Oghenevwede Ohwovoriole in Abuja
Vice-President Yemi Osinbajo has called on governments at all levels to plan Nigerian cities and growing urban centres to meet the needs of the growing population.
Osinbajo made the call Thursday in his address at the ARCHIBUILT, NIA-INFODRAC conference, organised by the Nigerian Institute of Architecture (NIA) in Abuja.
The vice-president stressed the need to develop cities and urban centres that are habitable and sustainable with life.
He said: “We are dealing with the rate of population growth and urbanisation that is probably unparalleled; we are dealing with some of the highest growth rates anywhere in the world.
“These are the sort of dramatic changes that challenge our capacity for social planning and urbanisation. Now, how do we ensure sustainable urban planning that transforms our cities and growing urban clusters to truly habitable space; that are of health and sustainable growth with high quality of life?
“Urban planning must include key energy need of a large number of people.”
In her remarks, the Minister of Finance, Budget and National Planning, Mrs. Zainab Ahmed, said government had created several innovative approaches to financing and developing infrastructure projects by raising funds and resources and deploying them in key areas of concern.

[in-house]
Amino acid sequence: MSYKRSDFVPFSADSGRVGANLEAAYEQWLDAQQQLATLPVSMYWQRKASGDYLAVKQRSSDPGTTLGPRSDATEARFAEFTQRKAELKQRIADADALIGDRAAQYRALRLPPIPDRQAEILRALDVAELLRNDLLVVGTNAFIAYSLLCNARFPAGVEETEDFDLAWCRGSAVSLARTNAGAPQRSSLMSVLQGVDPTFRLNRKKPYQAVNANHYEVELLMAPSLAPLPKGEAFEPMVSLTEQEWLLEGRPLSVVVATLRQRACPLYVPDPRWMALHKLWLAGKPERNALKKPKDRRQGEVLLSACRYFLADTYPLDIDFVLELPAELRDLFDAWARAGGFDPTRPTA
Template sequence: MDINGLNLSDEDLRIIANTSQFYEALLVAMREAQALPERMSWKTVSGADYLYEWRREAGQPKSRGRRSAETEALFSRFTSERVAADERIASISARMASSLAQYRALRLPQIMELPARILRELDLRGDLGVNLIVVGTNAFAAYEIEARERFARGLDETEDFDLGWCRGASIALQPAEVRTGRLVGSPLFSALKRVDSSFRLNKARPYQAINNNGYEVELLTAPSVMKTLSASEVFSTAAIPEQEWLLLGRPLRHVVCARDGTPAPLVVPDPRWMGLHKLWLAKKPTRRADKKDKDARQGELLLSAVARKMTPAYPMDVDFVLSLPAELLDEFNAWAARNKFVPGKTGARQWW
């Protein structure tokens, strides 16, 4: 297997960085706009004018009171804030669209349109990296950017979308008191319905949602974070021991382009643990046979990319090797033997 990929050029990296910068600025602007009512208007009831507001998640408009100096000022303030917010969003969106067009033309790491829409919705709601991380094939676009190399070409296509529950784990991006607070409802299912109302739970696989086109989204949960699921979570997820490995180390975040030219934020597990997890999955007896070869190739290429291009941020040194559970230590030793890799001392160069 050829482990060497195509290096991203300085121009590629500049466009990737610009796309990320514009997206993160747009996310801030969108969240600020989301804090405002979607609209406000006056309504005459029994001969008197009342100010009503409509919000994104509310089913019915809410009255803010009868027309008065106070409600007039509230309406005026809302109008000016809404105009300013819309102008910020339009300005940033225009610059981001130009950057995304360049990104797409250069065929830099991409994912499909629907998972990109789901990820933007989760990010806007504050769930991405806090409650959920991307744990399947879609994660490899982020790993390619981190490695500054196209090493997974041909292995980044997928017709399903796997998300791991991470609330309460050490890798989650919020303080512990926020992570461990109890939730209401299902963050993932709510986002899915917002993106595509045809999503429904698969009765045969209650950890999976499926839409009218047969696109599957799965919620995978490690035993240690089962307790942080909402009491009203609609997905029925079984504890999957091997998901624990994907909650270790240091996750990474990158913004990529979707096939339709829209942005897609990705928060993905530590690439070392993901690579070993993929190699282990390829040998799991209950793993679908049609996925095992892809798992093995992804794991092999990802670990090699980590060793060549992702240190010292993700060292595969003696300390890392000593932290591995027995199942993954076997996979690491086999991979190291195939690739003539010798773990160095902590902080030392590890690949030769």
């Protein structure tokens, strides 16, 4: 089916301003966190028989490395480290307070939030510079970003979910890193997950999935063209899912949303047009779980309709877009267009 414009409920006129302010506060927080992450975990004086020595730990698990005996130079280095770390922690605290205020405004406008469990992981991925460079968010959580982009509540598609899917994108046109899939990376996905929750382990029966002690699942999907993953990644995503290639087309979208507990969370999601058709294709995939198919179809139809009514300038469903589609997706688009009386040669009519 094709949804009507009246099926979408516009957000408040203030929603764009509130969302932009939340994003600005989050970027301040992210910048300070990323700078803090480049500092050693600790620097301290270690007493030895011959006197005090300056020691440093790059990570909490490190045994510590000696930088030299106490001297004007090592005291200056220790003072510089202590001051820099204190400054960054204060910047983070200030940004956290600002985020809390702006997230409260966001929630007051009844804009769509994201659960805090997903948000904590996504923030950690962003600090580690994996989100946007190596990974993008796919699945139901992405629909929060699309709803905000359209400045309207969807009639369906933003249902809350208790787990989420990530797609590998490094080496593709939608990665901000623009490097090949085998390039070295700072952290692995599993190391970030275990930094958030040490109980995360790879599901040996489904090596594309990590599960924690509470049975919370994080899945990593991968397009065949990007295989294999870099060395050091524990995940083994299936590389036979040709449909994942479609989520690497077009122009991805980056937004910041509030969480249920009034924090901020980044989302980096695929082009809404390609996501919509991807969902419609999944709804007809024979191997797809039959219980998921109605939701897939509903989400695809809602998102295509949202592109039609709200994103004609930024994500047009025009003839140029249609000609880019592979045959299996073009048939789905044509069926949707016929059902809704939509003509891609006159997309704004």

She listed some of them to include the Road Infrastructure Development and Refurbishment Investment Tax Credit Scheme launched in 2019 to leverage private sector capital via tax credits, and provide private sector expertise to construct, repair and maintain critical road infrastructure in key economic growth corridors and industrial clusters in Nigeria.
Ahmed also listed the Nigeria Infrastructure Fund through the Nigerian Sovereign Investment Authority (NSIA) and the Sukuk.
According to her, the government has so far issued a total of N694.5b Sukuk with the plan of issuing another N250 billion.
She stated that the raised funds have so far been deployed for specific road projects across the country, adding that the government had invested to fund projects in key sectors such as health, education, agriculture, financial services and housing.
The minister said some of the flagship projects that the NSIA embarked upon were the Presidential Fertiliser Initiative, Lagos Ibadan expressway, second Niger bridge, as well as Abuja, Kaduna, Kano roads.
“The revised National Integrated Infrastructure Master Plan for 2022-2043 will cost $2.3 trillion, to modernise Nigeria’s infrastructure stock over the next 21 years.
“As architects, you know, it is impossible to build without a master plan. For this reason, we have revised the Nigeria integrated infrastructure master plan and also developed and implemented the Economic Recovery and Growth Plan and its current successor, the Nigeria Development Plan for 2021 to 2025.”